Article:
'Massive attack' strikes websites High-profile websites including Google, Facebook and Twitter have been targeted by hackers in what is described as a "massively co-ordinated attack".
Reports suggest the strike may have been aimed at a single user, pro-Georgian blogger known as Cyxymu.
Twitter was taken offline for more than two hours whilst Facebook's service was "degraded", according to the firms.
Google said it had defended its sites and was now working with the other firms to investigate the attack.
"Google systems prevented substantive impact to our services," the company said in a statement.
The company has not confirmed which services were targeted in the attack, but it is thought that its e-mail service Gmail and and video site YouTube were under fire.
"We are aware that a handful of non-Google sites were impacted by [an]... attack this morning, and are in contact with some affected companies to help investigate this attack," the company said.
Other sites such as blogging platform Live Journal were also reportedly targeted in the attack on Thursday.
Twitter co-founder Biz Stone wrote on its own blog: "Twitter has been working closely with other companies and services affected by what appears to be a single, massively co-ordinated attack."
He said that the motivation for the attack was unclear and that the company would "prefer not to speculate".
However, Max Kelly, chief security officer at Facebook, told technology website CNET News
that the attack was a strike targeted at a Georgian blogger known as Cyxymu.
"It was a simultaneous attack across a number of properties targeting him to keep his voice from being heard," he told the website.
Writing on his blog, Graham Cluley of security firm Sophos said: "This raises the astonishing thought that a vendetta against a single user caused Twitter to crumble, forcing us to ask serious questions about the site's fragility." Spam attack
The popular sites were subject to a so-called denial-of-service (DOS) attacks on Thursday, the companies believe.
DOS attacks take various forms but often involve a company's servers being flooded with data in an effort to disable them.
"Attacks such as this are malicious efforts orchestrated to disrupt and make unavailable services such as online banks, credit card payment gateways, and in this case, Twitter for intended customers or users," wrote Mr Stone.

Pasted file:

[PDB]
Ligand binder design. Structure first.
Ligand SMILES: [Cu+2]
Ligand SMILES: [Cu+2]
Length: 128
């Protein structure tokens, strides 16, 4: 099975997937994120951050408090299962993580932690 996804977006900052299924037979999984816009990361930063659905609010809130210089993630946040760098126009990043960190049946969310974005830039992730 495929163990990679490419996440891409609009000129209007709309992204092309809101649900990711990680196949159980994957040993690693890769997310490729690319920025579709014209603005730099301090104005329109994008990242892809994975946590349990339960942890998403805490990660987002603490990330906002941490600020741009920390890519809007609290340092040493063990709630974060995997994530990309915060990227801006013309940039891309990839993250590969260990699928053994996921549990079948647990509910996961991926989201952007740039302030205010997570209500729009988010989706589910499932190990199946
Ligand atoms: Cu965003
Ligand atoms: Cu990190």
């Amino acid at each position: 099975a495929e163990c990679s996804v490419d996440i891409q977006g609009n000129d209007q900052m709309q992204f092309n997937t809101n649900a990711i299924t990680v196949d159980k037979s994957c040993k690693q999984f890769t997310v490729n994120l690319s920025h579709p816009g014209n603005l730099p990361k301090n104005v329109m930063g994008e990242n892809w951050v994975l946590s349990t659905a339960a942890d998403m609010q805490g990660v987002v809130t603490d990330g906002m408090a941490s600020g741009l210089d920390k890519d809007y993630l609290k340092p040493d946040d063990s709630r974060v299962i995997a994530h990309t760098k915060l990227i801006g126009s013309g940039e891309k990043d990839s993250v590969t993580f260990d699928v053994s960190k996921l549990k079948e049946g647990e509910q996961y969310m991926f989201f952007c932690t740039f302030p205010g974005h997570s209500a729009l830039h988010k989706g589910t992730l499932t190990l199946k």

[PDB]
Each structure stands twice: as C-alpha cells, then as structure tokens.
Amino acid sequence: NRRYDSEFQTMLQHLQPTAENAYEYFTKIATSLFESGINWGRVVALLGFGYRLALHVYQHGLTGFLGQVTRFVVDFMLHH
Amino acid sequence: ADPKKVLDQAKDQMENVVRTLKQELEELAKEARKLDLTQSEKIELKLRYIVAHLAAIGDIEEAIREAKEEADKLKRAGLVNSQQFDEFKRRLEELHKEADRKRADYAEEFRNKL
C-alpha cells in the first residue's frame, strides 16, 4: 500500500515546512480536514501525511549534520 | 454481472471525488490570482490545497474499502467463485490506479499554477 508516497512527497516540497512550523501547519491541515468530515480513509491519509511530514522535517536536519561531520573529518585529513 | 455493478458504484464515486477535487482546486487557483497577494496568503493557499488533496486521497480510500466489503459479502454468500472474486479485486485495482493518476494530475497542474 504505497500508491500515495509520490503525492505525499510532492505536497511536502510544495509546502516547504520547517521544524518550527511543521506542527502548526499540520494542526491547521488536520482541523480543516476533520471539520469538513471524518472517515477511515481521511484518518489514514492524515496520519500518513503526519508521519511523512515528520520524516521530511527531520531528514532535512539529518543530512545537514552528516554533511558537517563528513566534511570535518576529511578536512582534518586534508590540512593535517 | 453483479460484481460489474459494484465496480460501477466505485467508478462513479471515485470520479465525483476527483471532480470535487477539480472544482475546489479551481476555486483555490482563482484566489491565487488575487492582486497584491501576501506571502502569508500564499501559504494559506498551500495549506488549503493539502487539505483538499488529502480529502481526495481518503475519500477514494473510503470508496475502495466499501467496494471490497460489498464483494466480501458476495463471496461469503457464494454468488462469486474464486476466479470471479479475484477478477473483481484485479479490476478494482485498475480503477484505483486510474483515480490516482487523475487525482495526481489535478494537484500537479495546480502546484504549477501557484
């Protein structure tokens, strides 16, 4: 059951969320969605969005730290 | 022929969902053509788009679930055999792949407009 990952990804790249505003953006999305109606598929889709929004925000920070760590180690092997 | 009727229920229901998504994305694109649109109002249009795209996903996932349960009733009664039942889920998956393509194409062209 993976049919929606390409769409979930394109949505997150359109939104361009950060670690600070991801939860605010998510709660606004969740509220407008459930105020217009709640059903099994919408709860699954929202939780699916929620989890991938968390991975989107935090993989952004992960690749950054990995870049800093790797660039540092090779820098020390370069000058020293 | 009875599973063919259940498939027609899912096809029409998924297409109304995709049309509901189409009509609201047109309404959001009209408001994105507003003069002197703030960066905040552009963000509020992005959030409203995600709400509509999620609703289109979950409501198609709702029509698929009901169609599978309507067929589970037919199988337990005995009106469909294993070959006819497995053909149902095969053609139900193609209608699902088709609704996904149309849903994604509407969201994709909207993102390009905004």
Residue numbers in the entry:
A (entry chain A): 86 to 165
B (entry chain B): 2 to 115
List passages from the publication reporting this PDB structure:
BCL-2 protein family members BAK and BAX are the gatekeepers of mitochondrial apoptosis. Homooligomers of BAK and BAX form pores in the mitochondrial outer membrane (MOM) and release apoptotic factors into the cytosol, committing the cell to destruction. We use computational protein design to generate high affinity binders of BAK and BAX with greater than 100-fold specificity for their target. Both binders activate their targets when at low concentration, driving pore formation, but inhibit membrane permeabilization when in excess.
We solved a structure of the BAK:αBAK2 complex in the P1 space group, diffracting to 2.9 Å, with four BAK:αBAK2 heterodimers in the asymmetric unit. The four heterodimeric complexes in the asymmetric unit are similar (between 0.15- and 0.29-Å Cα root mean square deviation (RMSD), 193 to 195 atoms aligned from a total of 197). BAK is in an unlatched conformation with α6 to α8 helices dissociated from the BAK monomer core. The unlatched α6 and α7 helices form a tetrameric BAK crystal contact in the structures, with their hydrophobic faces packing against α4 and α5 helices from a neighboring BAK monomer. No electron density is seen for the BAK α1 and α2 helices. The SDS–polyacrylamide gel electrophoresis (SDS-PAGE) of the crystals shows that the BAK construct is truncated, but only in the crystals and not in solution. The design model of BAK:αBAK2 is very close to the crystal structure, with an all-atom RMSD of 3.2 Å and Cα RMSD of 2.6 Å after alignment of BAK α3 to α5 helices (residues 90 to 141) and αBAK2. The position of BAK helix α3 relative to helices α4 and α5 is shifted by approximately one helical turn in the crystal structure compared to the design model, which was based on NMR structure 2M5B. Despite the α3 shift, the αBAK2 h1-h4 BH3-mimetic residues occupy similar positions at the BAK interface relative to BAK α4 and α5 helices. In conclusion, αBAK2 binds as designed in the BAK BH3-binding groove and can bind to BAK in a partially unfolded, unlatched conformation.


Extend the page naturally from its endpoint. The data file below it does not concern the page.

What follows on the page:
These often use networks of computers - known as botnets -under the control of hackers.
The strategy is often employed by protestors against, for example, government websites, said Roger Thompson, chief research officer at security firm AVG.
"Those behind this latest attack may be using it as a means of highlighting the vulnerability of the sites we take for granted.
"There is no profit to be made from DOS and those who do carry out an attack like this will lose their botnet, showing there is no gain to be had."
Some unconfirmed reports have suggested that it was not a DOS attack but the result of a spam campaign containing links to Cyxymu's web pages on the various affected services.
Archived pages on Cyxymu's blog claim he was victim to this sort of attack, known as a "Joe Job".
But Mr Cluley said he didn't think that was a likely scenario. "Most people wouldn't have bothered clicking on the link," he wrote.
"However, I think it is possible that the spam campaign was either run alongside the denial-of-service from compromised computers around the world, or that someone who wasn't responsible for the Joe Job decided to wreak revenge on whoever they believed to have spammed them (and they might have imagined it was Cyxymu) by launching a DOS from their botnet." Protest tool
All of the affected services were keen to stress that user's data had not been put at risk in the attacks.
"Please note that no user data was compromised in this attack," wrote Twitter's Biz Stone.
"This activity is about saturating a service with so many requests that it cannot respond to legitimate requests thereby denying service to intended customers or users."
Twitter has had a meteoric rise since its launch in 2006.
A ComScore study suggests that Twitter had around 45 million users worldwide as of June 2009.
However, as many users interact with the service through mobile phones or third-party software, the actual number of users is likely to be higher.
However, that pales in comparison to Facebook, which claims to have 250m active users worldwide.
Both recently garnered worldwide attention when they were used by Iranians to co-ordinate demonstrations following the election of Mahmoud Ahmadinejad as president.
Many protesters believed there was electoral fraud and opposition leader Mir Hossein Mousavi should have won.
Twitter chose to delay upgrade work during the protests to allow communication to continue.
In a BBC interview, co-founder Evan Williams denied the move had been a response to a US state department request. THE BBC.CO.UK